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Causal Inference with Natural Experiments: DiD, RDD, IV, and Matched Designs (RSS2.05) - Closed

Correlation is not causation, but when can we give causal interpretations after analysing non-experimental data? This course introduces quantitative causal inference using observational data in the social and economic sciences. You discuss the complexities of causal research, modern methods that can enable estimating effects of phenomena that were not randomized, and limitations in doing so.

Duration: one-week.

    General

     

    This course is closed, registration is no longer possible. 

    Correlation is not causation, but when can you give causal interpretations after analysing non-experimental data? 
    This course introduces quantitative causal inference using observational data in the social and economic sciences. You discuss the complexities of causal research, modern methods that can enable estimating effects of phenomena that were not randomized, and limitations in doing so. You will investigate a variety of specific topics in causal inference, including the design of observational studies, potential outcomes, difference-in-differences designs, discontinuity designs, matching, instrumental variables analysis for non-compliance, synthetic control methods, difference-in-differences designs with many time periods, formal sensitivity analysis, and other special topics as time and your interest permit, including causal mediation (the analysis of mechanisms) and dynamic or time-varying treatments. 
    You will learn how to implement these methods using the R statistical language.

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    Starting date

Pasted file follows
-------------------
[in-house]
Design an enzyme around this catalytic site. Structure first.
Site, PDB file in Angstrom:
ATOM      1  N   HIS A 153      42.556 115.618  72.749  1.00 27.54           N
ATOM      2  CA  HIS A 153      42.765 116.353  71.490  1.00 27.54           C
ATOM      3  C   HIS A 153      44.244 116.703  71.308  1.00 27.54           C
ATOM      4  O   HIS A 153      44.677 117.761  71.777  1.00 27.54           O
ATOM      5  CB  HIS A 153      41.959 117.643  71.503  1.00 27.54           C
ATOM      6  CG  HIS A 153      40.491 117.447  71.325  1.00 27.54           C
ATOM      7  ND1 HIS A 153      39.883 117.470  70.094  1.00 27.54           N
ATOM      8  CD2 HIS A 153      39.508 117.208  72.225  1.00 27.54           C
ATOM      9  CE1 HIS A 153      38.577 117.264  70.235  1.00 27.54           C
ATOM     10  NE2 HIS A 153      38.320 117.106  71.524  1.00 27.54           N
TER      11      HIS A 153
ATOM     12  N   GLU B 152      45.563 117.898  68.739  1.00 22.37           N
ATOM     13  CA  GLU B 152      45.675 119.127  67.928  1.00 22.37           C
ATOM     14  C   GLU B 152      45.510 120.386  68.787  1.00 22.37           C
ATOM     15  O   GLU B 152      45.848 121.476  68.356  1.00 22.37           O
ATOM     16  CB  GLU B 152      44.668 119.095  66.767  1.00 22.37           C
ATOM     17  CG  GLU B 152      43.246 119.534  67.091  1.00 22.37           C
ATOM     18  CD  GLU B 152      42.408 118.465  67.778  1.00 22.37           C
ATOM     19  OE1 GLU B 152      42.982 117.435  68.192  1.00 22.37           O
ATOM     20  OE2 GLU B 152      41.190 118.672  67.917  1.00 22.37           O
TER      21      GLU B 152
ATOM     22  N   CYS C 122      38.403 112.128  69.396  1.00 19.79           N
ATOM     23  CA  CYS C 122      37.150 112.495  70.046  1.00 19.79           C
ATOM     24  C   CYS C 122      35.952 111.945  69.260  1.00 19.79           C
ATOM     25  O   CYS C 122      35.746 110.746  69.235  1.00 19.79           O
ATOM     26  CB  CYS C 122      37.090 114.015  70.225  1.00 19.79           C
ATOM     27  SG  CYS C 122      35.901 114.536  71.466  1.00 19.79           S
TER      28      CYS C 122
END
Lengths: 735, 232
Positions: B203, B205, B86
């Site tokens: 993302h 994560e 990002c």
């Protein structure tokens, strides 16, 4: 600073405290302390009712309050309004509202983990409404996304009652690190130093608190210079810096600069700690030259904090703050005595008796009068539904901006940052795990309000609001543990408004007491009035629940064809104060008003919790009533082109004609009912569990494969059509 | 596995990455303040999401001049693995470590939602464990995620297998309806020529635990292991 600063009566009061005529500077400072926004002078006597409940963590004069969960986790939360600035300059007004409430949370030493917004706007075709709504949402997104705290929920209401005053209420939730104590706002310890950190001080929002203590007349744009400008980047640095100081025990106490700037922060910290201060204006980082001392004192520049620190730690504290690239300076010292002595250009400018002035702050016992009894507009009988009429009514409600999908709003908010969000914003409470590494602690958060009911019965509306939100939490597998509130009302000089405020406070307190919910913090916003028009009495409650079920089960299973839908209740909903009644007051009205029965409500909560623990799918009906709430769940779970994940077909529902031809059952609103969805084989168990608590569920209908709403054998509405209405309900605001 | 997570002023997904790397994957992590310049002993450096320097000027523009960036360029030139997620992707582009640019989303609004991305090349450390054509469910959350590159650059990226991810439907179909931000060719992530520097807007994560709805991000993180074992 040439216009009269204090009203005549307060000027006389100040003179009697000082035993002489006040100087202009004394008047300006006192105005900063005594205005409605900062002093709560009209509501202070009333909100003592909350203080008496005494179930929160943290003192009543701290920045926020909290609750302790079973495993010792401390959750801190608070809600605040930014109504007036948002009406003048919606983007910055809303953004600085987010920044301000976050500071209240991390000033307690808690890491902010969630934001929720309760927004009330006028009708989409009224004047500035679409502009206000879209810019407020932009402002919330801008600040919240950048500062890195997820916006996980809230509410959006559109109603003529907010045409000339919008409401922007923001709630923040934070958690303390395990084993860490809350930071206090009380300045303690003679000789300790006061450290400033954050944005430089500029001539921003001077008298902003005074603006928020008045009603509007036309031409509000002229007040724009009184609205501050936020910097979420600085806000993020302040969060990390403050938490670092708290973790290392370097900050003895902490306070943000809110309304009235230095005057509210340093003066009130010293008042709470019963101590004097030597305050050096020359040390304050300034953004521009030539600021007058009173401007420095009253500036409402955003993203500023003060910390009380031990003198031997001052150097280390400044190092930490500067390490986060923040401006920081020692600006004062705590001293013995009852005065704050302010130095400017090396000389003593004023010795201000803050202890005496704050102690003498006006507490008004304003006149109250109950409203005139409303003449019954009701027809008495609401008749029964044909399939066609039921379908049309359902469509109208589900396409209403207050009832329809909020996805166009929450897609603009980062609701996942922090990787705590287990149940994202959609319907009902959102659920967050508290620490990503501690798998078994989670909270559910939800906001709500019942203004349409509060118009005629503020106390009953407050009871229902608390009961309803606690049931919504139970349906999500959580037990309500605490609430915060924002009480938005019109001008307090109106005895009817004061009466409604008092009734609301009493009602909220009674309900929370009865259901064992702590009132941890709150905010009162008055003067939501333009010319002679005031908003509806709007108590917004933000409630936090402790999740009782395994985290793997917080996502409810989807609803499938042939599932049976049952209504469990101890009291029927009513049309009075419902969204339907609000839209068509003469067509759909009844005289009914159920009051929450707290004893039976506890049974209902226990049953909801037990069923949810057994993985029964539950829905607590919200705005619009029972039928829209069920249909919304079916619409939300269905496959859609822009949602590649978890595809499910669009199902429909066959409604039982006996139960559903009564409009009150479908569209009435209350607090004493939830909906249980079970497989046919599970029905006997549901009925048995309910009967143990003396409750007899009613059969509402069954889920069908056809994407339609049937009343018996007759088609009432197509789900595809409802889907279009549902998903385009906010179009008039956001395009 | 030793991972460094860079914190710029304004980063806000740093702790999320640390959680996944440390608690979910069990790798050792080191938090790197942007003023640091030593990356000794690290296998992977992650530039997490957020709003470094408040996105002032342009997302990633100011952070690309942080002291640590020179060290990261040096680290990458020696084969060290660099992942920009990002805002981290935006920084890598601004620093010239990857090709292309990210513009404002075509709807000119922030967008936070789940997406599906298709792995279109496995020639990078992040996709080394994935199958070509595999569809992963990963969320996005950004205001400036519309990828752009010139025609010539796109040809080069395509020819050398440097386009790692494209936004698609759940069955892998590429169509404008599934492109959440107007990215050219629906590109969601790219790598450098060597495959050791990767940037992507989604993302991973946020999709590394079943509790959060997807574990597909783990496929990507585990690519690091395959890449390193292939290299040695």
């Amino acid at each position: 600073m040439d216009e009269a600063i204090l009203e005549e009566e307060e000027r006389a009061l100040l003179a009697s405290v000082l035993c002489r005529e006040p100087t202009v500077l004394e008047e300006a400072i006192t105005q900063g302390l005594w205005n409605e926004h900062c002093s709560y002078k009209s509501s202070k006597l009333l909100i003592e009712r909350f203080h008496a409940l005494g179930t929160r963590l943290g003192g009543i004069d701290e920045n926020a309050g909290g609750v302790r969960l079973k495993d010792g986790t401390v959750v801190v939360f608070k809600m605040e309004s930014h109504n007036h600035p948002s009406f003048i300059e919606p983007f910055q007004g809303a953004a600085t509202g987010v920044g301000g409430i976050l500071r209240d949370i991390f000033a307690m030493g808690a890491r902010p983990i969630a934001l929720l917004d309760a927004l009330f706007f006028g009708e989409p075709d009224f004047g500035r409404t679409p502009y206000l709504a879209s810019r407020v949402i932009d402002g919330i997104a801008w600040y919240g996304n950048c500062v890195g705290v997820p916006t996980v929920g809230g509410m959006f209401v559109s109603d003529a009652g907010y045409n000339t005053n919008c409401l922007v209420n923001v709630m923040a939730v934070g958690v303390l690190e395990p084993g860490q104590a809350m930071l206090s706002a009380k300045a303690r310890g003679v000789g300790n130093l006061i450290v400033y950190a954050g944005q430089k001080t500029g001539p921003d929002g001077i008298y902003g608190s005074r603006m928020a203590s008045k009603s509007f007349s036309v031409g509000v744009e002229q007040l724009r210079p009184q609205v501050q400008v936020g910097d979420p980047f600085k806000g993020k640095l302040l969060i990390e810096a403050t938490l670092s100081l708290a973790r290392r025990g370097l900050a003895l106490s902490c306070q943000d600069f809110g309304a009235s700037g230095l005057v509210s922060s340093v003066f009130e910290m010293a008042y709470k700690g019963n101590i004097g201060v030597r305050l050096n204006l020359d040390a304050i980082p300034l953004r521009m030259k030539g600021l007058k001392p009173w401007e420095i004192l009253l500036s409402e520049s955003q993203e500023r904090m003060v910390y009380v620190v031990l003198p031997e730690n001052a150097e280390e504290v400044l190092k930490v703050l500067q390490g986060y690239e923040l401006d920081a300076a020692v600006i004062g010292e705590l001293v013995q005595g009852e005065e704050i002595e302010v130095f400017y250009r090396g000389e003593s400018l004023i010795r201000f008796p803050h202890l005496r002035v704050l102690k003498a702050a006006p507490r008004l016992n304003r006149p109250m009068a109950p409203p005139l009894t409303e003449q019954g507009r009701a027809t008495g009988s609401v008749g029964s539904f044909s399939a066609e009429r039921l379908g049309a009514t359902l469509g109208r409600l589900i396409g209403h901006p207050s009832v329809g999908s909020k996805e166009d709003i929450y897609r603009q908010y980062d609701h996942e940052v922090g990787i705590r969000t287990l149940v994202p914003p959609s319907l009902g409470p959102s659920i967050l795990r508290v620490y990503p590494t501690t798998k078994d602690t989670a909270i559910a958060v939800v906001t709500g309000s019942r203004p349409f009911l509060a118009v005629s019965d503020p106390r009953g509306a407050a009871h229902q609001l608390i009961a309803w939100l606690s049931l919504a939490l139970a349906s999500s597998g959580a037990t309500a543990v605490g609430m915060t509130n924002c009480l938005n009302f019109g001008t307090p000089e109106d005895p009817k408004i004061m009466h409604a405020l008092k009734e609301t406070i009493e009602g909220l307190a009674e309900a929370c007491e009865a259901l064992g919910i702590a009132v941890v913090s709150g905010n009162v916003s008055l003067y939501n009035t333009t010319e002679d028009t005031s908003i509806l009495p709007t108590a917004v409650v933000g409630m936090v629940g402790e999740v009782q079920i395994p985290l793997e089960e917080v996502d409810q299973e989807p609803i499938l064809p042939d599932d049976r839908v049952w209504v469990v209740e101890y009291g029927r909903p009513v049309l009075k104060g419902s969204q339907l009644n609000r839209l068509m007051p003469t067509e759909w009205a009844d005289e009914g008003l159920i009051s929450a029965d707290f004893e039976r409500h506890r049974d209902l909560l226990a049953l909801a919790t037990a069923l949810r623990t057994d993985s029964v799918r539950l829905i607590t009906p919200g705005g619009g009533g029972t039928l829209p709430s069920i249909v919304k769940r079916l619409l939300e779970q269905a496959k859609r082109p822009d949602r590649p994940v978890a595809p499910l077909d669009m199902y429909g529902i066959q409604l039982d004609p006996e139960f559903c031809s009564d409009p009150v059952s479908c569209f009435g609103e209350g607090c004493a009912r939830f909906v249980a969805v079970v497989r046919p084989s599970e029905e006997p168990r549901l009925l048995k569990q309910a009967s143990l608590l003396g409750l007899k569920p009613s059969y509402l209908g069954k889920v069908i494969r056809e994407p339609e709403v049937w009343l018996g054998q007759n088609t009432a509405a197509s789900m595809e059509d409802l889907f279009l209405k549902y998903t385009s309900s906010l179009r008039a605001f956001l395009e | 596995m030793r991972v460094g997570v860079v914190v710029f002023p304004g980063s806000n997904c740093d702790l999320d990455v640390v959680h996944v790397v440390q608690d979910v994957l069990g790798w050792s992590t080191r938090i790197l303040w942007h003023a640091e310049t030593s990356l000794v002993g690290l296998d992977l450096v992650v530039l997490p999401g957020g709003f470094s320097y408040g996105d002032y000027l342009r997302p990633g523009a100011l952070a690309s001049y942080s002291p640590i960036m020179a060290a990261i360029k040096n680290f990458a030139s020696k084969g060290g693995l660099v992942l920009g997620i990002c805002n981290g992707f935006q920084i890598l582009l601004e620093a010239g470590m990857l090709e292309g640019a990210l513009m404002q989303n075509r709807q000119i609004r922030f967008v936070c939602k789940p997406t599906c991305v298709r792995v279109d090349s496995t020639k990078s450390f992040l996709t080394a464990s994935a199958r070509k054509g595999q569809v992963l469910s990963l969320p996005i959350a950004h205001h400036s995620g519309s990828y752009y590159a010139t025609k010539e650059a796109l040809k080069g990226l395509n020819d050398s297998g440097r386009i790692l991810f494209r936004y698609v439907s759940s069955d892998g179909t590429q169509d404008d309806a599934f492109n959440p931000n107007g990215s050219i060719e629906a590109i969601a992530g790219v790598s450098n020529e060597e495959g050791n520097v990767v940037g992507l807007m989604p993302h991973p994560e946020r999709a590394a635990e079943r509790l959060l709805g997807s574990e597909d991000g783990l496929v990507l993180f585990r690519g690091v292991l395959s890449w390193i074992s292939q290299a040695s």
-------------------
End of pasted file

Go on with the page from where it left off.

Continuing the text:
24 June 2024, 9 am
    Educational method
    On-site
    Main Language
    English
    Sessions
    24 June 2024, 9 am - 28 June 2024, 5 pm
    Teacher(s)
    Ryan T. Moore
    Unique code
    RSS2.05

    Factsheet

    Type of education
    Course
    Entry requirements
    See the requirements in cost and admission
    Study load (ECTS)
    2
    Result
    Certificate
    Organisation
    Radboud Summer School

    Total package & social events

    Ryan T. Moore

    Ryan T. Moore
     

    Ryan T. Moore is associate professor in the Department of Government at American University in Washington, DC (AU), where he is also associate director of the Center for Data Science. He serves as Senior Social Scientist with The Lab at DC, and Fellow in Methodology with the US Office of Evaluation Sciences. He earned his Ph.D. from the Department of Government at Harvard University. His research interests center around statistical political methodology, with applications in social policy and evidence-based policymaking. Methodologically, he develops and implements methods for political experiments, causal inference, ecological data, missing data, and geolocated data.

    This course is closed, registration is no longer possible. 

     

    Costs

    • Regular: €1049 (application deadline 1st of May)
    • Student & PhD's: €699 (application deadline 1st of May)

    Includes: your course, short morning and late afternoon courses, coffee and tea during breaks, a warm lunch every day, Official Opening, MethodsNET Café (including some drinks and snacks) Official Closing (with some drinks and snacks) and a 1-year (2024 calendar year) free membership as MethodsNET regular member.

    Excludes: transport, accommodation, social events and other costs. 

    Discounts and Scholarships

    Admission

    Level of participant: 

    • Master
    • PhD
    • Postdoc
    • Professional

    Admission requirements: 

    We expect that students will be have encountered introductory inferential statistics (such as tests of statistical significance) and perhaps the basics of the linear model. The course will employ R as the language of analysis, but will support the interpretation of R code for those with background in STATA, SPSS, Python, or similar.

    Admission documents: 

    None